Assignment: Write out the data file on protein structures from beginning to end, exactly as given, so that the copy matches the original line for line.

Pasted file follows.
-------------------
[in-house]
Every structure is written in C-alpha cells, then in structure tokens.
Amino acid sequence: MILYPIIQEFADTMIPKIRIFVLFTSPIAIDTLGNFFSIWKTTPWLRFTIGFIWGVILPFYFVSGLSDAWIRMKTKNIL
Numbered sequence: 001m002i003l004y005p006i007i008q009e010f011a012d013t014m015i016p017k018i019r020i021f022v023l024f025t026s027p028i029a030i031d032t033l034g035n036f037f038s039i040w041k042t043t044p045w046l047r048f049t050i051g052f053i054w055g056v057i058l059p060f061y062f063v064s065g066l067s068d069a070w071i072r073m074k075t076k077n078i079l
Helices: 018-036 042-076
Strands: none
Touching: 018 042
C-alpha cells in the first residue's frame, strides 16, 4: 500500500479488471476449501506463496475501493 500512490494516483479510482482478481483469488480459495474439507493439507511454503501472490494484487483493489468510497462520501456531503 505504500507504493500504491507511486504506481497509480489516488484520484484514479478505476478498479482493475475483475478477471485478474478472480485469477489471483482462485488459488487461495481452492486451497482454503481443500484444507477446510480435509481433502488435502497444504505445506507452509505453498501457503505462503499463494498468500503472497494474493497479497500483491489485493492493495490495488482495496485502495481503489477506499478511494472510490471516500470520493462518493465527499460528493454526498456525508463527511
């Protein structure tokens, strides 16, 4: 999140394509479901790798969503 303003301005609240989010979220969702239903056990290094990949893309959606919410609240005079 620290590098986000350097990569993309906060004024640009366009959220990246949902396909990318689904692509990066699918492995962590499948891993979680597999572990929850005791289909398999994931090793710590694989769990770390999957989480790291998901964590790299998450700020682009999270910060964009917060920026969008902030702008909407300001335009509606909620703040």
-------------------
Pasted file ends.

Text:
[in-house]
Every structure is written in C-alpha cells, then in structure tokens.
Amino acid sequence: MILYPIIQEFADTMIPKIRIFVLFTSPIAIDTLGNFFSIWKTTPWLRFTIGFIWGVILPFYFVSGLSDAWIRMKTKNIL
Numbered sequence: 001m002i003l004y005p006i007i008q009e010f011a012d013t014m015i016p017k018i019r020i021f022v023l024f025t026s027p028i029a030i031d032t033l034g035n036f037f038s039i040w041k042t043t044p045w046l047r048f049t050i051g052f053i054w055g056v057i058l059p060f061y062f063v064s065g066l067s068d069a070w071i072r073m074k075t076k077n078i079l
Helices: 018-036 042-076
Strands: none
Touching: 018 042
C-alpha cells in the first residue's frame, strides 16, 4: 500500500479488471476449501506463496475501493 500512490494516483479510482482478481483469488480459495474439507493439507511454503501472490494484487483493489468510497462520501456531503 505504500507504493500504491507511486504506481497509480489516488484520484484514479478505476478498479482493475475483475478477471485478474478472480485469477489471483482462485488459488487461495481452492486451497482454503481443500484444507477446510480435509481433502488435502497444504505445506507452509505453498501457503505462503499463494498468500503472497494474493497479497500483491489485493492493495490495488482495496485502495481503489477506499478511494472510490471516500470520493462518493465527499460528493454526498456525508463527511
């Protein structure tokens, strides 16, 4: 999140394509479901790798969503 303003301005609240989010979220969702239903056990290094990949893309959606919410609240005079 620290590098986000350097990569993309906060004024640009366009959220990246949902396909990318689904692509990066699918492995962590499948891993979680597999572990929850005791289909398999994931090793710590694989769990770390999957989480790291998901964590790299998450700020682009999270910060964009917060920026969008902030702008909407300001335009509606909620703040």